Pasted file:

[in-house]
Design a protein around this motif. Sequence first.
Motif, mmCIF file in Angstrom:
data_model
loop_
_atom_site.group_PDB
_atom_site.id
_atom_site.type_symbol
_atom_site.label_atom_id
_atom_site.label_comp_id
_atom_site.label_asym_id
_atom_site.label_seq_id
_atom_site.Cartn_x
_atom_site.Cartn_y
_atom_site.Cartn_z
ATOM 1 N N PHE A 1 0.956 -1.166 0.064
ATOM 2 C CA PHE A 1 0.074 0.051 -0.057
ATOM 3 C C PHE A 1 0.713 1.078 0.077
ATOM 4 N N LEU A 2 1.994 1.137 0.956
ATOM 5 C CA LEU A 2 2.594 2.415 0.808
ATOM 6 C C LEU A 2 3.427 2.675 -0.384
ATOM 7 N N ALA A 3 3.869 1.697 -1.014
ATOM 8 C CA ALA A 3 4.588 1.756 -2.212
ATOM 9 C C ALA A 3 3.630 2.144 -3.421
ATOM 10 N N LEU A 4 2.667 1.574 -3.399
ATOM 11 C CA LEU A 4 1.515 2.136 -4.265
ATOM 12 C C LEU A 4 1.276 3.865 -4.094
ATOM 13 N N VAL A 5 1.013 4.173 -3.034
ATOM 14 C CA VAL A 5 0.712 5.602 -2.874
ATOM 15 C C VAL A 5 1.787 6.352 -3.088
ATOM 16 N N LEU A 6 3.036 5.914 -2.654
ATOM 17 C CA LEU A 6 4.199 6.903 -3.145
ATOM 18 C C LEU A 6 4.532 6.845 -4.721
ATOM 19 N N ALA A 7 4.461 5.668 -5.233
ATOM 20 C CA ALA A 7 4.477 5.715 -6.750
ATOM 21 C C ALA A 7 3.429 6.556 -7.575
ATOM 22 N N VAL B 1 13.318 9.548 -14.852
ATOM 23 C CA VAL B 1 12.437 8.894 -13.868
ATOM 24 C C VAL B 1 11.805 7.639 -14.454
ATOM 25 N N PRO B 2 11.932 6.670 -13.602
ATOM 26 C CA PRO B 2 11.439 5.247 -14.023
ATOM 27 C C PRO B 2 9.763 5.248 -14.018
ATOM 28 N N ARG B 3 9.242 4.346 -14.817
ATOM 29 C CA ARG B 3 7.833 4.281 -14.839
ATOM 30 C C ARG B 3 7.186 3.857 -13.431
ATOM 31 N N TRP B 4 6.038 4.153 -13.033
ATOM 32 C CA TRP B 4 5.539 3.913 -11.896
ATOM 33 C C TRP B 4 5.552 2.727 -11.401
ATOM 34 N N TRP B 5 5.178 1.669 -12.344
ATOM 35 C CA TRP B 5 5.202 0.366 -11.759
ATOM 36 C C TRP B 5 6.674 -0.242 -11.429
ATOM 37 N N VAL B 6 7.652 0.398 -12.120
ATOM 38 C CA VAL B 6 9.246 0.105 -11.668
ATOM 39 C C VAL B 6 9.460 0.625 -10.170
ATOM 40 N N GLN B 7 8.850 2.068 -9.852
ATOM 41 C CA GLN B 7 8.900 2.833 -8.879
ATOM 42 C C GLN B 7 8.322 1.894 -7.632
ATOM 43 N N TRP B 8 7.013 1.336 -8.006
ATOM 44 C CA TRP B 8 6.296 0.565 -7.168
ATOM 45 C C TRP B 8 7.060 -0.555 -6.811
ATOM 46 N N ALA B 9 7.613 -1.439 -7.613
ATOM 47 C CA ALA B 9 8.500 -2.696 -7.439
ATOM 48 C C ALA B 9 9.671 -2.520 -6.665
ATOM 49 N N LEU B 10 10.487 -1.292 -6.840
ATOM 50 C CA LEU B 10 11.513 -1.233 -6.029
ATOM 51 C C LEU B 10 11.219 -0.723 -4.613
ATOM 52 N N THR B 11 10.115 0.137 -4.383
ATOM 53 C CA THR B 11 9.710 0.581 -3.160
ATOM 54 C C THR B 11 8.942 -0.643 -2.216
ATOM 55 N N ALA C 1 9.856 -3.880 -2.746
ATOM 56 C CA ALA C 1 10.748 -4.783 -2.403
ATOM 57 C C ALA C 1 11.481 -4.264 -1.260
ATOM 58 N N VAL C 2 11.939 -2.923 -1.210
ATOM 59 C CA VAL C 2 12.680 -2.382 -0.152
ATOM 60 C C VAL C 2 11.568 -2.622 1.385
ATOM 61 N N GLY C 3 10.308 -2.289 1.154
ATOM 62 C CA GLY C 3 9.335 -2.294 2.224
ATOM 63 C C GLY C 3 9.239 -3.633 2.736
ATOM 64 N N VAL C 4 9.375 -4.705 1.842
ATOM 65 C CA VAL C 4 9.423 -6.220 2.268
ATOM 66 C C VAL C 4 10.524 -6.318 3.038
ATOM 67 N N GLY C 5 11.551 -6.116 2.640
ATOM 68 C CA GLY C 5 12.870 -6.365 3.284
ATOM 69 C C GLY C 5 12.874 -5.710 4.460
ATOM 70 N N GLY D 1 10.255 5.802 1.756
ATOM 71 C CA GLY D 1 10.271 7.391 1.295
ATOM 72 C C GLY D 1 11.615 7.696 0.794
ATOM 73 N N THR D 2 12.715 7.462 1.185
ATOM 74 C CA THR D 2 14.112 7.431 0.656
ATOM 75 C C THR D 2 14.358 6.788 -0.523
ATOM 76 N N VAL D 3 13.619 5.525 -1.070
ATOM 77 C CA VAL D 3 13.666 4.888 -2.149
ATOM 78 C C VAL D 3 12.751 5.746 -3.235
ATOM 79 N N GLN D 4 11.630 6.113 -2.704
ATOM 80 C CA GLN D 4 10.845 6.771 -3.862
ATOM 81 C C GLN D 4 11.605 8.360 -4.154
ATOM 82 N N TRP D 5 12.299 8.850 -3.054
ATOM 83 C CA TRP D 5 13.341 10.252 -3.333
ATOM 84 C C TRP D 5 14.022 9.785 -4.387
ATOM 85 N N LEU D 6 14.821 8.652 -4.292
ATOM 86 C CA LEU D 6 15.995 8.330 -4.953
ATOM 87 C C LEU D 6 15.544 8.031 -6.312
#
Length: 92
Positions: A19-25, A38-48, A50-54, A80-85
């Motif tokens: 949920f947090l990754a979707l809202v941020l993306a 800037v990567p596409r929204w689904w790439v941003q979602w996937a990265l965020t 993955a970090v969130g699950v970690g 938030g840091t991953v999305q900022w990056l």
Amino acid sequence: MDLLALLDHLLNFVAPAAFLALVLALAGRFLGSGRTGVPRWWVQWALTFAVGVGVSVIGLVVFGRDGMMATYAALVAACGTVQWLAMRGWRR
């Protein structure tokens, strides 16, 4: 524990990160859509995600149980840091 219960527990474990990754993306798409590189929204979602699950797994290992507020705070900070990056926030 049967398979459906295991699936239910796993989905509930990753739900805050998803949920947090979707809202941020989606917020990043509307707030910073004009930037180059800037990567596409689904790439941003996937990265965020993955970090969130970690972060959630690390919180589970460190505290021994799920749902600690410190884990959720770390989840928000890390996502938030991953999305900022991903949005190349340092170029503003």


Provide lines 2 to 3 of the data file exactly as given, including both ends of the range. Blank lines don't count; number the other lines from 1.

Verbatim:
Design a protein around this motif. Sequence first.
Motif, mmCIF file in Angstrom: